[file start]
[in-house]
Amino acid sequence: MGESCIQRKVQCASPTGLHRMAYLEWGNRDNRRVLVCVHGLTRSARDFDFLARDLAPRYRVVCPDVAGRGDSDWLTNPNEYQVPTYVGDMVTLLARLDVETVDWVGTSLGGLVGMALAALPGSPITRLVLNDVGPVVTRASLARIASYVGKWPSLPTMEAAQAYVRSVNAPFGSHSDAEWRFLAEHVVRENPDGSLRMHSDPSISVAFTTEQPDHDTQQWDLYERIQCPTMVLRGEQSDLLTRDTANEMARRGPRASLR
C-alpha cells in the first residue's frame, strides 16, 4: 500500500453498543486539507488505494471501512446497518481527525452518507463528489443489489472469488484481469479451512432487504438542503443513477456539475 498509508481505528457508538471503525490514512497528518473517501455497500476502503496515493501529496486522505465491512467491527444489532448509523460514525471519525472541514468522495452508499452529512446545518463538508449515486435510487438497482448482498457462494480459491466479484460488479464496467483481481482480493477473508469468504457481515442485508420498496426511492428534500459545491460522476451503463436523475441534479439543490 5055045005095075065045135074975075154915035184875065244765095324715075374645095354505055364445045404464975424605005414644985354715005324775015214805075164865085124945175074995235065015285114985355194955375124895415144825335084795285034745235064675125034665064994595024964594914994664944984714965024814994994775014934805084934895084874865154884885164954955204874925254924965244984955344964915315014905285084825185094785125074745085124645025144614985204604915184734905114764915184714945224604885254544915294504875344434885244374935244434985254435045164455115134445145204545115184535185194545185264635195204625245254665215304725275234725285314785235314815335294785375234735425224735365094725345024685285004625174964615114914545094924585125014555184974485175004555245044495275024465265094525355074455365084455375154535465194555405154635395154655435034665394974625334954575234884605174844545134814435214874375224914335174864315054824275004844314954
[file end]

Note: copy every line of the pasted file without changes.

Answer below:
[in-house]
Amino acid sequence: MGESCIQRKVQCASPTGLHRMAYLEWGNRDNRRVLVCVHGLTRSARDFDFLARDLAPRYRVVCPDVAGRGDSDWLTNPNEYQVPTYVGDMVTLLARLDVETVDWVGTSLGGLVGMALAALPGSPITRLVLNDVGPVVTRASLARIASYVGKWPSLPTMEAAQAYVRSVNAPFGSHSDAEWRFLAEHVVRENPDGSLRMHSDPSISVAFTTEQPDHDTQQWDLYERIQCPTMVLRGEQSDLLTRDTANEMARRGPRASLR
C-alpha cells in the first residue's frame, strides 16, 4: 500500500453498543486539507488505494471501512446497518481527525452518507463528489443489489472469488484481469479451512432487504438542503443513477456539475 498509508481505528457508538471503525490514512497528518473517501455497500476502503496515493501529496486522505465491512467491527444489532448509523460514525471519525472541514468522495452508499452529512446545518463538508449515486435510487438497482448482498457462494480459491466479484460488479464496467483481481482480493477473508469468504457481515442485508420498496426511492428534500459545491460522476451503463436523475441534479439543490 5055045005095075065045135074975075154915035184875065244765095324715075374645095354505055364445045404464975424605005414644985354715005324775015214805075164865085124945175074995235065015285114985355194955375124895415144825335084795285034745235064675125034665064994595024964594914994664944984714965024814994994775014934805084934895084874865154884885164954955204874925254924965244984955344964915315014905285084825185094785125074745085124645025144614985204604915184734905114764915184714945224604885254544915294504875344434885244374935244434985254435045164455115134445145204545115184535185194545185264635195204625245254665215304725275234725285314785235314815335294785375234735425224735365094725345024685285004625174964615114914545094924585125014555184974485175004555245044495275024465265094525355074455365084455375154535465194555405154635395154655435034665394974625334954575234884605174844545134814435214874375224914335174864315054824275004844314954